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Business Tips – Firing a Client – Part 4

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Following on from last week, here is the last part of the series.

The next client has got to be of the worst kind. They are the clients that are really stressful to work with. In many ways they are the most fabulous clients to have – they pay on time, they don’t quibble about the price, there’s always work coming in and the work itself is exciting and it stretches your mind. It’s challenging and a pleasure to do. So what’s the problem, I hear you asking? Well for me it is when I don’t particularly like the client as a person. They are usually unpleasant, difficult to work with, rude and overbearing. They have no respect for what you do, yet would not be able to do it themselves, which is why they hired you in the first place. They impose ridiculous deadlines and feel that they have the right to call you any time of the day and night and that you should be at their beck and call. Quite simply put they are exhausting.

When you are caught up in this merry-go-round, you will need to think very carefully about whether or not you want to continue this relationship – if you do, you will need to set very firm ground rules. One of my colleagues does it by charging double time for anything that she has to do after hours and that includes taking telephone calls. They soon learnt not to call her after hours.

Whatever the reason – before you fire a client, you need to sit down and ask yourself some questions. Are you ok about losing the client? Would you be able to work with them again if you had some sort of break with them? Would you consider doing any future work with them?

The answers that you give yourself would clearly make a difference on how you went about actually firing the client.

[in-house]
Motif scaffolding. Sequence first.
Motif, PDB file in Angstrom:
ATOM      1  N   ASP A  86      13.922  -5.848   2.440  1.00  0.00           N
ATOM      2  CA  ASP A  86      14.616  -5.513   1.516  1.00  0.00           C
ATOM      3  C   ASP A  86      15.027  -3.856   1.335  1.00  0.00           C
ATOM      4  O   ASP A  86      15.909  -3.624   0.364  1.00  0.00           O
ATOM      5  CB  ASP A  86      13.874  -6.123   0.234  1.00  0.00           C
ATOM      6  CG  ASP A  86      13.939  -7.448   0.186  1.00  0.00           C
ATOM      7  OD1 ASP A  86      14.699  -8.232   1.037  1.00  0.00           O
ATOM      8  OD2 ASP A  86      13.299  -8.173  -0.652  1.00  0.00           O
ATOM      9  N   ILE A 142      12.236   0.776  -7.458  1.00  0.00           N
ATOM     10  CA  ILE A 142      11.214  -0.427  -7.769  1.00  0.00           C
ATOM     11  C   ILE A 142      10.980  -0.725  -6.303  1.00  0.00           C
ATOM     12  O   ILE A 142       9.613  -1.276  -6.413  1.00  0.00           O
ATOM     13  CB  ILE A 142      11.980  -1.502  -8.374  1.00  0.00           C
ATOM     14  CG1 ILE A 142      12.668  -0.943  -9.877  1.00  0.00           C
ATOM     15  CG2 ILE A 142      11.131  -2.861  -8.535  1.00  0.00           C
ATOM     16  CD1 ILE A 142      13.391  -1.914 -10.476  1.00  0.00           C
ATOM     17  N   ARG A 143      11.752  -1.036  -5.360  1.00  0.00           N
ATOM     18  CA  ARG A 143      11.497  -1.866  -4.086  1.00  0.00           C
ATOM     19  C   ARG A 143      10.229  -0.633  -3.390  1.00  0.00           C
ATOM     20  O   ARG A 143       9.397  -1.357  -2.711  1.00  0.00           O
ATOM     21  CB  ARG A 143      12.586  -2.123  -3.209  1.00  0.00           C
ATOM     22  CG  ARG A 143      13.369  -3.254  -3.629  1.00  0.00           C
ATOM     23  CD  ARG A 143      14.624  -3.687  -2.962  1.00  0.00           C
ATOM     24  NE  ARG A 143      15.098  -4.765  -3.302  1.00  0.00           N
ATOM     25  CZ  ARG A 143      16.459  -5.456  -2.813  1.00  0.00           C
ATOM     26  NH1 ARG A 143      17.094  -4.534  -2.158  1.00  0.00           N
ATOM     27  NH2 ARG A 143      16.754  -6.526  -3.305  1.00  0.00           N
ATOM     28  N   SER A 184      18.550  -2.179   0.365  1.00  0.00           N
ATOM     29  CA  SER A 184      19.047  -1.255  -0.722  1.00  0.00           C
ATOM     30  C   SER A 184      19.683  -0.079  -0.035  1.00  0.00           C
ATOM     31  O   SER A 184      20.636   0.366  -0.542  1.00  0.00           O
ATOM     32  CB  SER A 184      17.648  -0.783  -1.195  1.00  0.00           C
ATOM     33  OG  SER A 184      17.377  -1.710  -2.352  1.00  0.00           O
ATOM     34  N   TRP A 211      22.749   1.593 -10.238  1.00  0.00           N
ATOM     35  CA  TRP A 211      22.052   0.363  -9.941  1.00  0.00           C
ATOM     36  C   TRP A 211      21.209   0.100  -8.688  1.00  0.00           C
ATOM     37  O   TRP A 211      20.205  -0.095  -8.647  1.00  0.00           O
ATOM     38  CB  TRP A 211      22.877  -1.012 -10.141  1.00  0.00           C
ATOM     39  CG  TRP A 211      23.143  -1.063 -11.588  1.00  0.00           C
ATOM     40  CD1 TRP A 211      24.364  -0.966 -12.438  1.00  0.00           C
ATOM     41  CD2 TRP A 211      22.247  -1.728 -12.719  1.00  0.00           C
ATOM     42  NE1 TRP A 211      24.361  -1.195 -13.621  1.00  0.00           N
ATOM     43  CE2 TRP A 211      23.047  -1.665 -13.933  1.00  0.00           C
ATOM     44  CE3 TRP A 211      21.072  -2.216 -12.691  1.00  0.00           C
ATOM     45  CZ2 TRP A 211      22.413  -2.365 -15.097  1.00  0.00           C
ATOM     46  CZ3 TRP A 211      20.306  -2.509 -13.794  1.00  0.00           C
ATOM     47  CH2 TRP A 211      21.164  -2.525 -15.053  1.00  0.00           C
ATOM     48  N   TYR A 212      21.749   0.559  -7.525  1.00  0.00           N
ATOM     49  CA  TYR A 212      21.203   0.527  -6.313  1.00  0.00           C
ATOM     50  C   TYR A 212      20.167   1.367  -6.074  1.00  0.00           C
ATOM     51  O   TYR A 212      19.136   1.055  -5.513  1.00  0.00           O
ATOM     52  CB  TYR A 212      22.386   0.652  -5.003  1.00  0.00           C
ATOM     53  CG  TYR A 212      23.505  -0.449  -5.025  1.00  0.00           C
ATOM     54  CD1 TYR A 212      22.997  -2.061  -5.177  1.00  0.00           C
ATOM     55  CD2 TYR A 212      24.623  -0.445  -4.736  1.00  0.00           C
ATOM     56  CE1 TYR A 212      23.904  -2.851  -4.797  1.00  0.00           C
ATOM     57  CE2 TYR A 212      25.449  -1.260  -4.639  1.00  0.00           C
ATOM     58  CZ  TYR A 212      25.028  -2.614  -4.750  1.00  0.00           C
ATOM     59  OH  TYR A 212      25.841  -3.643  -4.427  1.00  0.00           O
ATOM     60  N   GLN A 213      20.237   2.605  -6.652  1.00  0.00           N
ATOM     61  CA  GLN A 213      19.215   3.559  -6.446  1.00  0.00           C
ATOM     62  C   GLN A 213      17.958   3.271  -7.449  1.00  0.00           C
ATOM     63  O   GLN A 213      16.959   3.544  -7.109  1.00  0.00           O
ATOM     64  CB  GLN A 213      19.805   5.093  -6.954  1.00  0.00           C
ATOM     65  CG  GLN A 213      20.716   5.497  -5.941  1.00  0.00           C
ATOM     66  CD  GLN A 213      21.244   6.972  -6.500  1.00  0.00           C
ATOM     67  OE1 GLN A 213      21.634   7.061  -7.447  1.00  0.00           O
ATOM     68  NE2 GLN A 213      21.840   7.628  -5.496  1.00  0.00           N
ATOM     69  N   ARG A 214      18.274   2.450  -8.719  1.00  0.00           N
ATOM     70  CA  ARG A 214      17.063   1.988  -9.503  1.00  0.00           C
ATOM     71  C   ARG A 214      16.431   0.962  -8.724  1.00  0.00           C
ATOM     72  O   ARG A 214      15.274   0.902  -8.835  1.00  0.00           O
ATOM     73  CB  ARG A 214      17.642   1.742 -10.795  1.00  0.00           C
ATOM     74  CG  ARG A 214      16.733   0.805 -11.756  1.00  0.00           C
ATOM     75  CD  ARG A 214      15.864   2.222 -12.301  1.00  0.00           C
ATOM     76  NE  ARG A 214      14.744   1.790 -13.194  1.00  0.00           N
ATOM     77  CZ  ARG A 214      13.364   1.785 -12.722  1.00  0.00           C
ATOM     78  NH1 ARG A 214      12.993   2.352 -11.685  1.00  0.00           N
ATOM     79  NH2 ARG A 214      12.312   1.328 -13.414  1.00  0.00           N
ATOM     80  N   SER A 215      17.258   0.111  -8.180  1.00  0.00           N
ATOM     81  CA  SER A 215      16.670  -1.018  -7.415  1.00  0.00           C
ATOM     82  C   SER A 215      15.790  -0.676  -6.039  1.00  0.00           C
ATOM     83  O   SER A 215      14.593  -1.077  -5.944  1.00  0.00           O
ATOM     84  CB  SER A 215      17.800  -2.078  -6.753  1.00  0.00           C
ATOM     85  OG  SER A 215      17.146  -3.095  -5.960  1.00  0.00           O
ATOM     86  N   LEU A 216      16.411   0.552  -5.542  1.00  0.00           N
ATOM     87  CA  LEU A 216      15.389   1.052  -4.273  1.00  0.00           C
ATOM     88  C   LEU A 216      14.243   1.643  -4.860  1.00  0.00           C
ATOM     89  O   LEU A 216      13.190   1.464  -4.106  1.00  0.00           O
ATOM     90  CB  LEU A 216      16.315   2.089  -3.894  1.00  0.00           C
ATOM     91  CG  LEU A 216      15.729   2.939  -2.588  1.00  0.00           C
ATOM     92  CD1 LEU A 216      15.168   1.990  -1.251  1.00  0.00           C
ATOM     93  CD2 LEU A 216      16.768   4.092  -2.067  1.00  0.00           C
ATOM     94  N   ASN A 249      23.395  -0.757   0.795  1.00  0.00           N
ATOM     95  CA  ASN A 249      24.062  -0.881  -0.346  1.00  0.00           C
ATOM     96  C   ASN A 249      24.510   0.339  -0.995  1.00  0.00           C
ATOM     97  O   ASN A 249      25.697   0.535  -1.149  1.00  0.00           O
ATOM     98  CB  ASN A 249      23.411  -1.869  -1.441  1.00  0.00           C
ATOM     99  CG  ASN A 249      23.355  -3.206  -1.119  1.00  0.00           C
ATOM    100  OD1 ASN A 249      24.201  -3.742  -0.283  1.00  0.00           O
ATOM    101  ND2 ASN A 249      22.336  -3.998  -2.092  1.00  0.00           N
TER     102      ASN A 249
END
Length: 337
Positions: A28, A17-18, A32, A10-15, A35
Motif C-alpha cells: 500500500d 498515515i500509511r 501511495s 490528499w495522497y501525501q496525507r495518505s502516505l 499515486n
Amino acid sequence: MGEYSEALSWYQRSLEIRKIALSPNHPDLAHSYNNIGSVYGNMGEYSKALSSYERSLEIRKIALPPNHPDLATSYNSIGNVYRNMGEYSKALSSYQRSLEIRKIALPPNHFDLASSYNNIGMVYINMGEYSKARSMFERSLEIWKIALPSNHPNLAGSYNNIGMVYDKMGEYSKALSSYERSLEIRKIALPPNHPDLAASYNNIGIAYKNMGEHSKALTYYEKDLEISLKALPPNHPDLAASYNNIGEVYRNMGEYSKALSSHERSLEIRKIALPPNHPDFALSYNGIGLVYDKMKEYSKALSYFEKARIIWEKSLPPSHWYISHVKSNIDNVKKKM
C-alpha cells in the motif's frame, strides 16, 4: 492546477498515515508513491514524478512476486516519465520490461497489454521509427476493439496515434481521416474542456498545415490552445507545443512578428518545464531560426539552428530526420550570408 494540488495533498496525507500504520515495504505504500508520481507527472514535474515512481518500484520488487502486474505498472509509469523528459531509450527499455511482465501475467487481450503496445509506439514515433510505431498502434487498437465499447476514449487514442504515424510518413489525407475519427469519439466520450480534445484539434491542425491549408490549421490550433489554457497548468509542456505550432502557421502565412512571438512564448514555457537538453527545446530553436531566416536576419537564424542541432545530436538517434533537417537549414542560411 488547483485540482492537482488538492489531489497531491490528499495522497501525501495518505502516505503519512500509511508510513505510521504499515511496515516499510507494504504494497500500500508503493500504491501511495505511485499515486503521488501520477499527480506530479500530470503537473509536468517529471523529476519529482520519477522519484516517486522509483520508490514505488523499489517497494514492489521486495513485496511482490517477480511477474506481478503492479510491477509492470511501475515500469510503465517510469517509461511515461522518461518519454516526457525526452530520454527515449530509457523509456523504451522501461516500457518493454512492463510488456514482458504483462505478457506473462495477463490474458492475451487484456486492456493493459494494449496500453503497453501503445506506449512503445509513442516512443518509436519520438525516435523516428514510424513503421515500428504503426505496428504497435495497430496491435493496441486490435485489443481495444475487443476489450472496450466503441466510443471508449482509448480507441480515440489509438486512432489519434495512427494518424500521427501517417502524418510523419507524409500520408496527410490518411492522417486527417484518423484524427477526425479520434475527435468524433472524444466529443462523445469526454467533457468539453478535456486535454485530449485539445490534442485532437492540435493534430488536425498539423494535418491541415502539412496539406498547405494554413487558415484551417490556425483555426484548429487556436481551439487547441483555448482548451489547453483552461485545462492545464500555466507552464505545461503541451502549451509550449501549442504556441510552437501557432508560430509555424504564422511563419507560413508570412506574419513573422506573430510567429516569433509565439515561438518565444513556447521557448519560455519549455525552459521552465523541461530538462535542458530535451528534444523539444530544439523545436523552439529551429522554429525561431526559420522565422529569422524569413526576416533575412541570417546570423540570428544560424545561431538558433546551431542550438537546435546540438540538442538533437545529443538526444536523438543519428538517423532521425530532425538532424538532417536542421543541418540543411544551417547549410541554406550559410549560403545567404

Here’s the thing – screaming and shouting, swearing and slamming the phone down, storming out of the office and saying things in the heat of the moment, is not the way to do it – remember you are supposed to be a professional person.

Not returning messages, phone calls, e-mails and just ignoring them until they go away is just plain rude – also not the way to do it.

Then of course you are just too busy and you will be too busy for the rest of your natural life. For me this is also not the right way to go about it. For me it’s about being upfront and honest about it. It’s about being professional and dealing with the problem in a mature manner. Let’s be honest, often the client will not even know that they are being a royal pain in the butt. If you show them and explain to them what the problem is, and they are equally mature about things, there may even be a way to salvage the relationship.

If you can’t, or if (as in the case of a friend who ended up being threatened by the client) they don’t want to or you realize that you don’t want to keep them either – then it’s time to walk away. Don’t walk away angry – learn from the experience and just walk away. Remember the Universe is a funny old place and as one door closes, somewhere another opens.